epicedium to the sea

umbilicus /

of this shore / and shattered fingers

like clamshells reddened

to the body of death /

to veteran-ed paralysis /

/ of beauty / the few fingers

of mist / and seas are

in pot-lids of darkness;

my hands / laboring / are ants

to the / father

sea / and the stone

/ the white breast of

/ ribbon bare-bones /

a fetus isthmus under the moon /

epicedium / peels of

muskellunge / and hominids

we sail / to wed the ocean /

in simulacrum of waves.

© 2020 lucysworks.com All Rights Reserved.


Written for the dVerse prompt:

“I’d like you to be inspired by boats. Maybe you’ve travelled by narrowboat, or taken a cruise on a big liner. Maybe you’re a kayaker, or a paddle-boarder. Maybe you built a raft as a child, or made a toy boat out of twigs and leaves. Maybe you’re a rower or a sailor. Maybe you take a ferry to work, or watch other people floating down a river. Maybe you want to write about an imaginary boat, with sails of leaves and a cargo of fairy dust. It’s up to you.”




Categories: Poetry

Tags: , , , , , , , , ,

56 replies

  1. Wonderful… I feel like your boat is one of a complete life from birth to the end.

    Liked by 2 people

  2. Lucy, I’m not sure I understand it all, but it is a pleasure to read. I like the dual nature of the water as sea and our birthplace from the womb.

    Liked by 4 people

  3. Your semantic field is so visceral – umbilicus, fingers, breast-bones, fetus – the body as land, encroached by the unknown sea?

    Liked by 3 people

    • Thank you for your thoughts and feedback! 😀 You would be very correct on that final thought. That is one of the main ideas I had in mind with this piece; there is so much we do not know about the sea, it’s almost as elusive and large as the universe in some ways.

      Like

  4. This poem very cleverly links us to our origins as creatures of the sea – or I got that from it, at least. The sheer beauty of the words is breathtaking.

    Liked by 2 people

    • Thank you so, so much, Ingrid. I love your analysis as well. I always like to reference creation and death in some ways, and your interpretation would fit that as well. Thank you for your kindness and thoughts. Much appreciated!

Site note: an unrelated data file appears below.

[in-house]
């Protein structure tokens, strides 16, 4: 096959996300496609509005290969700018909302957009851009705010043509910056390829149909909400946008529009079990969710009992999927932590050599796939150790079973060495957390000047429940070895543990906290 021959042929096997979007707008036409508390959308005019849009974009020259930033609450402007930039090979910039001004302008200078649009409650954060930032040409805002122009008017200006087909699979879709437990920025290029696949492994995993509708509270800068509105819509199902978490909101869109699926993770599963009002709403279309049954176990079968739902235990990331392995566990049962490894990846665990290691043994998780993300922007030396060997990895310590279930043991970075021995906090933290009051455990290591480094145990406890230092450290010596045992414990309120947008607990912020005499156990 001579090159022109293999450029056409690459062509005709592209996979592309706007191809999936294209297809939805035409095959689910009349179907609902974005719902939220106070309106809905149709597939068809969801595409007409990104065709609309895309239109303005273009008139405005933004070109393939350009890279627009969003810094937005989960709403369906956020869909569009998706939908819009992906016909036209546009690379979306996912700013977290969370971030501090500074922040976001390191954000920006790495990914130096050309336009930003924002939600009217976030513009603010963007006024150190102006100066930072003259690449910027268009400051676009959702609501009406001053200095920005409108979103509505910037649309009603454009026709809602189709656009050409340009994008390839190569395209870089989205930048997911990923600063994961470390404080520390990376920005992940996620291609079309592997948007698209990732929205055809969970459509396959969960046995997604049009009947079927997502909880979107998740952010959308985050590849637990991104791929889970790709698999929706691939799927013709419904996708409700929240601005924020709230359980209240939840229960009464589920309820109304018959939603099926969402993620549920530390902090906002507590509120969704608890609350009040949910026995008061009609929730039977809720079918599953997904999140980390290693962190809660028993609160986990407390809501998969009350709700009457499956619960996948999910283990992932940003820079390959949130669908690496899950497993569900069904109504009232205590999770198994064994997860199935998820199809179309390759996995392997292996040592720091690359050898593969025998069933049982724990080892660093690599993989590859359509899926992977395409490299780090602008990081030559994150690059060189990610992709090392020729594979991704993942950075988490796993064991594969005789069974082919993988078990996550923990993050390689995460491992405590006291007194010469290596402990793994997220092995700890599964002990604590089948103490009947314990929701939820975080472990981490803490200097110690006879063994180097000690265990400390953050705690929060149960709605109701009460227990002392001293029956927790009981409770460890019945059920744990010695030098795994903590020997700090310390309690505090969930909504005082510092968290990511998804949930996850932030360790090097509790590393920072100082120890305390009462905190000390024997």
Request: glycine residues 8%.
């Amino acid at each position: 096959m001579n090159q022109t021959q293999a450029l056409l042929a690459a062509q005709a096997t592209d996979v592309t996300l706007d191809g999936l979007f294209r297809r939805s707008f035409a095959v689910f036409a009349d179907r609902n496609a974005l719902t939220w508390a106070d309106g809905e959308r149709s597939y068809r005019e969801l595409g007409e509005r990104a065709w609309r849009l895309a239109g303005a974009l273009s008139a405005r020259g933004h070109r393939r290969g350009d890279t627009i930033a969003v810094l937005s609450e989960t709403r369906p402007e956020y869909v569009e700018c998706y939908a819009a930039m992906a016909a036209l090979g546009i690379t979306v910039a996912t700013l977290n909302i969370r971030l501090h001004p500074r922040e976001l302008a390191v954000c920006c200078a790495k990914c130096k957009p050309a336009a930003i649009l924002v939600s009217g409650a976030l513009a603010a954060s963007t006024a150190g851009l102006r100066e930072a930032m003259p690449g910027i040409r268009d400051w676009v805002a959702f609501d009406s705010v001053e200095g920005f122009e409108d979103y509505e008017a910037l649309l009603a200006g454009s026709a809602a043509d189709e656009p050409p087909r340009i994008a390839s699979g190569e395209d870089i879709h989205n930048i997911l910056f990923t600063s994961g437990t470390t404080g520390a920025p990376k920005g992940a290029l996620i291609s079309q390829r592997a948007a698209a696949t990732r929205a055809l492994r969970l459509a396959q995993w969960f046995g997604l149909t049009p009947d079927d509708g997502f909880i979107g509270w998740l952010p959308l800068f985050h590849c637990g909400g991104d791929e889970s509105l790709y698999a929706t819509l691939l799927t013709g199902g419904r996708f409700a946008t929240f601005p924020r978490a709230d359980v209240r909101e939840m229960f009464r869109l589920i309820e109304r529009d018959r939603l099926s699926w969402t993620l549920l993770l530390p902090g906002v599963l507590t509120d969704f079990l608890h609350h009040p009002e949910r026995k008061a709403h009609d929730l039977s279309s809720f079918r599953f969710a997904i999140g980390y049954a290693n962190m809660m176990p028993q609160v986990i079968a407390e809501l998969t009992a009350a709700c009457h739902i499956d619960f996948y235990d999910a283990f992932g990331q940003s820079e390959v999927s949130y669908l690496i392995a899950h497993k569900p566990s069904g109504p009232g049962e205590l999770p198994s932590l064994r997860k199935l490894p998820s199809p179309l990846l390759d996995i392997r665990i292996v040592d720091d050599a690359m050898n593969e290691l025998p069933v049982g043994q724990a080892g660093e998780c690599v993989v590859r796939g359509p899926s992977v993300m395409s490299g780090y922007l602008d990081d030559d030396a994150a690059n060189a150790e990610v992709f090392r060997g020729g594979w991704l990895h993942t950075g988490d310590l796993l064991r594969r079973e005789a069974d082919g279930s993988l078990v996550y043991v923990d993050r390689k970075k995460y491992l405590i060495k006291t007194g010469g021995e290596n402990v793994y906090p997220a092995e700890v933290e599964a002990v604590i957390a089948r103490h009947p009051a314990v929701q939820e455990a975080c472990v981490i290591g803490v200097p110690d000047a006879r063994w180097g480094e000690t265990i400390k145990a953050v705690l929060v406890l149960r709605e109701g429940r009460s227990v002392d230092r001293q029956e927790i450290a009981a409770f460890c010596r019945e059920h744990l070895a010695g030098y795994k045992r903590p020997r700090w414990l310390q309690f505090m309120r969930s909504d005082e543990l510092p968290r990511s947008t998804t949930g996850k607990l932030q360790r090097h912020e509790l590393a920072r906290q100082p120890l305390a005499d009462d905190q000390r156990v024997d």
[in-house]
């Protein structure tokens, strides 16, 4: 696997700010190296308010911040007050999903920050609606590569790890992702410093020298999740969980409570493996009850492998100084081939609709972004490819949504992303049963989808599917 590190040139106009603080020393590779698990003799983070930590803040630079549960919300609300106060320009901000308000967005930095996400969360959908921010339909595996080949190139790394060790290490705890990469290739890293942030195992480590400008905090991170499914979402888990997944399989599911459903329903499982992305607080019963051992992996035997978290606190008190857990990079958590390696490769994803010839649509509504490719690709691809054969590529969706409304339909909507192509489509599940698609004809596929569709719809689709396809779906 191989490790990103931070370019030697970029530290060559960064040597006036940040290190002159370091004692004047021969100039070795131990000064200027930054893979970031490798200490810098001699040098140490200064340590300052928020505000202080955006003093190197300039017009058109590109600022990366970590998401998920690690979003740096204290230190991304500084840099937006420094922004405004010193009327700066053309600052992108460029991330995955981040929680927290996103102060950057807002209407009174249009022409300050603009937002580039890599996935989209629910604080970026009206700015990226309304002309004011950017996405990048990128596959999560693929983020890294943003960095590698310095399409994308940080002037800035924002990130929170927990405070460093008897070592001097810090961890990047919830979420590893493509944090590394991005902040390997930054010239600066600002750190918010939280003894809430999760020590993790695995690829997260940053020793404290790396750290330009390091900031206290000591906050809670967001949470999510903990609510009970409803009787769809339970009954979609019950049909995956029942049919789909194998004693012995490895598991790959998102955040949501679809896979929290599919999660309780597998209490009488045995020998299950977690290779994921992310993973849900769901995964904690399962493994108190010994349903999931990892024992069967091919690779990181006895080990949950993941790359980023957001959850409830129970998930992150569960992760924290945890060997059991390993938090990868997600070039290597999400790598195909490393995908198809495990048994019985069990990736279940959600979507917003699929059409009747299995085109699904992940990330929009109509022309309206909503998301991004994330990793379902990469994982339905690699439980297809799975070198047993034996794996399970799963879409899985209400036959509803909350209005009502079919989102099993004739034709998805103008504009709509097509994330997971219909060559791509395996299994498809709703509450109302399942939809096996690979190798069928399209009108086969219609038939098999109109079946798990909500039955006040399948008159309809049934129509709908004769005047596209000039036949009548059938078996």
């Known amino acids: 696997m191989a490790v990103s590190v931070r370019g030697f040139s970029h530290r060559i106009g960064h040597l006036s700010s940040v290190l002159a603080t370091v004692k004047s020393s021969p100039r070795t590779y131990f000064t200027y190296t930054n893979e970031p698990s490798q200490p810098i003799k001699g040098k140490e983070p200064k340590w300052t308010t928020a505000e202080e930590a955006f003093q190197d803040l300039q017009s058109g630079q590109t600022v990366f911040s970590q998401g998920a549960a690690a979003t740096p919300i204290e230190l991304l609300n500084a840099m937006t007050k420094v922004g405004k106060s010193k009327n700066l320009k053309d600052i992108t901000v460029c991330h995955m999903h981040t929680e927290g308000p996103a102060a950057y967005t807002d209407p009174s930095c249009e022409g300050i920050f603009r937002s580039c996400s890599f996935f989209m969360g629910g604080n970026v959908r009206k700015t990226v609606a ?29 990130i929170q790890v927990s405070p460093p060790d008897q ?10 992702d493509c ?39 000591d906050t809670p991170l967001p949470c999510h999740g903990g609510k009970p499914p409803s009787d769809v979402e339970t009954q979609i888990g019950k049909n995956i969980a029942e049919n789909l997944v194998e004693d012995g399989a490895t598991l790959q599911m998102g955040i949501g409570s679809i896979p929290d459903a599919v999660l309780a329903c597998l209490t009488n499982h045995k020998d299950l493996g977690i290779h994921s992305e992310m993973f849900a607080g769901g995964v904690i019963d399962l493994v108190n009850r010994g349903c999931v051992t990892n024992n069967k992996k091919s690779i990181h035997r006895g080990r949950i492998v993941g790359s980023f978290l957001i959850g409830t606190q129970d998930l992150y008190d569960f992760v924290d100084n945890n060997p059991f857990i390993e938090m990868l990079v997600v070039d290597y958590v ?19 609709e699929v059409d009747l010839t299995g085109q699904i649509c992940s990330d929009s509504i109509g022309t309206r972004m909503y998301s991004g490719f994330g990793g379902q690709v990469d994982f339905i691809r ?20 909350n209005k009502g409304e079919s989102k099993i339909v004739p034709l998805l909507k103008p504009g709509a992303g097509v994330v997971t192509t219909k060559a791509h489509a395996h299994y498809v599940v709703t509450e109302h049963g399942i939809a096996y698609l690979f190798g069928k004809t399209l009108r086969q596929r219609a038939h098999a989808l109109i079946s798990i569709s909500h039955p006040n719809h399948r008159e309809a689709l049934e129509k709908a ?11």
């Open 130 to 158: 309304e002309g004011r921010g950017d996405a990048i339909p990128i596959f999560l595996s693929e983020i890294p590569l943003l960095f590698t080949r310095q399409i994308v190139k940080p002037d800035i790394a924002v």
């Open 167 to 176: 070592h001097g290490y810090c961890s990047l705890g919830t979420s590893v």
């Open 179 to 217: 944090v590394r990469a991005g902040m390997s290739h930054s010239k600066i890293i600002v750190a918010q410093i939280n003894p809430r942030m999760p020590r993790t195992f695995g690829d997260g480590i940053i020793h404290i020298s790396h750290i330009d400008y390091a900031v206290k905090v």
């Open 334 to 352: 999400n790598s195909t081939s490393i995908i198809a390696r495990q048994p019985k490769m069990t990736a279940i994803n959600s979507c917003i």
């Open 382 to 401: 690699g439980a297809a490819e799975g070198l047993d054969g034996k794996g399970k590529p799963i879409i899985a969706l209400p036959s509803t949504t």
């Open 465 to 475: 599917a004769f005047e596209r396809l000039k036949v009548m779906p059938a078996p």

Liked by 1 person

  5. A funeral ode to the sea… Your words are wondrously descriptive, but .I found myself looking for a glimmer of hope somewhere!.

    Liked by 3 people

  6. The name of this piece is splendor. It took my breath away. I don’t want to leave the world of your words

    / ribbon bare-bones /
    a fetus isthmus under the moon /
    epicedium / peels of
    muskellunge / and hominids
    we sail / to wed the ocean /
    n simulacrum of waves.

    Unbelievable piece.

    Liked by 2 people

  7. 🎇🌌🌌🌌🎇🎇🎇🌓🌓🌓🌓the fact that this took me to a far away place….your work is superb 🌙

    Liked by 2 people

  8. This is an ominous sea, and yet it is our birthplace. The journey is never easy. (K)

    Liked by 3 people

  9. Brilliant 👍👏👏👏👏🤗

    Liked by 2 people

  10. Breathtaking loved the imagery! I do love boats!

    Liked by 3 people

  11. oh this flows so well, literally and figuratively! the last part is such a calming ending.

    Liked by 2 people

  12. Aah. So dark this lament, Lucy. Wonderfully evocative.

    Liked by 2 people

  13. Very nice Lucy! Loved the image of … and seas are in pot-lids of darkness;

    Liked by 1 person

  14. Your poems are evocative. You have a way with words. I can only compare your work to surrealist paintings – they are all at once familiar and not, each image reveal something else.

    Liked by 1 person

  15. Very intsresting images, but my favourite ” to wed the ocean”

    Much✏love

    Liked by 1 person

  16. We came out of the water and never really leave it, even though the ocean represents all that we find terrifying and dark. It’s not so much the sense of your words that gets under the skin, it’s the mood they create, like an abstract painting. So sensual!

    Liked by 1 person

  17. Beautiful! An entire life-cycle event.

    Liked by 1 person

  18. With that first word, “umbilicus”, you take us on quite a journey!

    Liked by 1 person

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